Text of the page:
The Dark Arts: Aleksandra Waliszewska and Symbolism
A look at the dark, symbolic work of Polish painter Aleksandra Waliszewska alongside historical artworks that influence her.
Painter Aleksandra Waliszewska creates densely narrative, art historically saturated oil and gouache paintings. Waliszewska’s pictorial universe is populated by supernatural characters and dark themes: devils, vampires, satanic creatures, possessed girls, apocalyptic scenes, bloodthirsty zombies, and other incarnations of the living dead. These characters are situated in dystopian urban landscapes, lost highways, deserted suburbs, gloomy housing estates, swamps, and other sites associated with the Eastern European landscape. Drawing from the specifically Slavic histories of the Upiór (the living dead), Waliszewska claims her artistic and conceptual descendance from premodern art and Symbolist works of the late 19th and early 20th century from Nordic, Baltic, and Eastern European regions.
The Dark Arts presents a dense visual narrative, reproducing over a hundred images of Waliszewska’s in juxtaposition with dozens of historical paintings and sculptures. Shifting away from the dominant figures of French and Austrian artists, this revisionist look at Symbolism through an Eastern and Baltic lens will introduce a wider audience to a rich and relatively understudied field of visual culture.
Alison M. Gingeras is a curator and writer. Gingeras has served as curator at the Solomon R. Guggenheim Museum, the National Museum of Modern Art, Centre Pompidou Paris, and Palazzo Grassi, Venice. Currently she serves as an adjunct curator at Dallas Contemporary and a guest curator at Museum of Contemporary Art in Miami in addition to working independently. Known for her scholarly yet anarchic approach to art history, Gingeras organized several groundbreaking exhibitions, such as Dear Painter, Paint Me: Painting the Figure Since Late Picabia at the Centre Pompidou, Paris (2002) and Pop Life at the Tate Modern (2009). In 2021, she curated two monographic exhibitions devoted to Polish born artists of the twentieth century, My Name is Maryan at MOCA Miami and Erna Rosenstein: Once Upon A Time at Hauser & Wirth in New York.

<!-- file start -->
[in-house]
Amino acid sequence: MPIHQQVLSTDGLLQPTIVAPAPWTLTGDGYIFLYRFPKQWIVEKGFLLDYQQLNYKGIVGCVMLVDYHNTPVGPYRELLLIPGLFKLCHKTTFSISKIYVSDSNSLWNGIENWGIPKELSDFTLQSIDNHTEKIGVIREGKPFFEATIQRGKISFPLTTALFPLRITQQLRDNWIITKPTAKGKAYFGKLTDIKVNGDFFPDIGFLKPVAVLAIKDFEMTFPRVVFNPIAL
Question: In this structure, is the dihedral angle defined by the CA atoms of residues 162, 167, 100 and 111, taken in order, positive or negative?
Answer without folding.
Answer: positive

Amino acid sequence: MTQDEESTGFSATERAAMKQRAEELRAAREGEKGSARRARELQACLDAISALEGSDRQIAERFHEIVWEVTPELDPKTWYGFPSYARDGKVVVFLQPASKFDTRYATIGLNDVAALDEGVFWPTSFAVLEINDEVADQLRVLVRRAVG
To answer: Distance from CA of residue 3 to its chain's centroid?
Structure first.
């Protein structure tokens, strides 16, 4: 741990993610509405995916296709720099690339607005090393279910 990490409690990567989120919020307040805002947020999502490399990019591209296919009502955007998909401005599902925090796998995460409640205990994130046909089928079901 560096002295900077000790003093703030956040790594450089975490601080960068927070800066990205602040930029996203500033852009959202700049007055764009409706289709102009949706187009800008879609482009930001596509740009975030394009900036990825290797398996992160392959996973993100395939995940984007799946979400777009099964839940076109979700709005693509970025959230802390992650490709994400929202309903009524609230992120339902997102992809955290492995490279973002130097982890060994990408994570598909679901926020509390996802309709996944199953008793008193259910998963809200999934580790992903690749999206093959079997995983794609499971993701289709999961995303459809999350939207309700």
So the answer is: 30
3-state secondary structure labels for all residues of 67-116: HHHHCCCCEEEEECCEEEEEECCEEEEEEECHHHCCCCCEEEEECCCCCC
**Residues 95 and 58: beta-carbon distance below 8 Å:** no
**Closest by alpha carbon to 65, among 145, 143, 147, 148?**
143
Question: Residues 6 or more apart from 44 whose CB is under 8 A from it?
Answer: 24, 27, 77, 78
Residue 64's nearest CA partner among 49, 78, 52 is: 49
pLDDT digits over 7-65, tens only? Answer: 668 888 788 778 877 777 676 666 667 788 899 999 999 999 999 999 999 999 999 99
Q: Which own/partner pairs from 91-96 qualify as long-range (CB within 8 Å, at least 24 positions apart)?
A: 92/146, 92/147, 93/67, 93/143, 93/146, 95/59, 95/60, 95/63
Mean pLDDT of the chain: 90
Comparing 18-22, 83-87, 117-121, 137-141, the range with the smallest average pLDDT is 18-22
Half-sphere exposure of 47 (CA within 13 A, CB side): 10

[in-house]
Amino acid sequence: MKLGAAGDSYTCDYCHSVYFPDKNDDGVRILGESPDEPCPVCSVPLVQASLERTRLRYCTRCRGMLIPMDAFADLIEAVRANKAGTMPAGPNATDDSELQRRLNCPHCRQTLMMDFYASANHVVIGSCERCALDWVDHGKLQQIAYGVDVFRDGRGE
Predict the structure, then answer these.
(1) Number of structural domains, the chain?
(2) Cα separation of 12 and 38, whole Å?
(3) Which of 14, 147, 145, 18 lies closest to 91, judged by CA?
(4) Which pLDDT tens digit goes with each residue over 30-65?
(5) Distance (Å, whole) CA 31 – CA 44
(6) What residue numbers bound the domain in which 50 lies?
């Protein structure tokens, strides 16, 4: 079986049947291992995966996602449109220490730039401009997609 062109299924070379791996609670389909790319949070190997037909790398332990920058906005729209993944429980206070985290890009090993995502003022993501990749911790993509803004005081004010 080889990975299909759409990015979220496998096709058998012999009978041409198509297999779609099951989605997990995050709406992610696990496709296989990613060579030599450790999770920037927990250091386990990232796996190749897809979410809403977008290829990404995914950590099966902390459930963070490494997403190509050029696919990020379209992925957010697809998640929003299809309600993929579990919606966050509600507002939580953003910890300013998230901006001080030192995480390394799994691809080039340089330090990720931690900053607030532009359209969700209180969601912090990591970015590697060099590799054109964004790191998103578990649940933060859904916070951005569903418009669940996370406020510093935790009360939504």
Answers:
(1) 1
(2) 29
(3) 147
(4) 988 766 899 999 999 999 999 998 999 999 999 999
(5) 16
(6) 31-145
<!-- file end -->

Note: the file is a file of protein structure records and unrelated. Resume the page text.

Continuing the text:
Natalia Sielewicz is an art historian and curator at the Museum of Modern Art in Warsaw. In her exhibitions and essays she undertakes issues related to feminism, technology and affective cultures. Most recently she curated Agnieszka Polska. The Thousand-year Plan (2021), Paint also known as Blood. Women, Affect and Desire in Contemporary Painting (2019). She also curated the Ministry of Internal Affairs. Intimacy as Text (2017), dedicated to affects, autofiction and poetics of confession in literature and visual arts as well as Private settings (2014), one of the first institutional shows analyzing the impact of the Internet 2.0 on the human condition in the age of late capitalism. Curator and producer of performances and film projections, member of the “Sunflower” Solidary Community Center (established in 2022 in partnership with the Blyzkist group after Russia's invasion of Ukraine).
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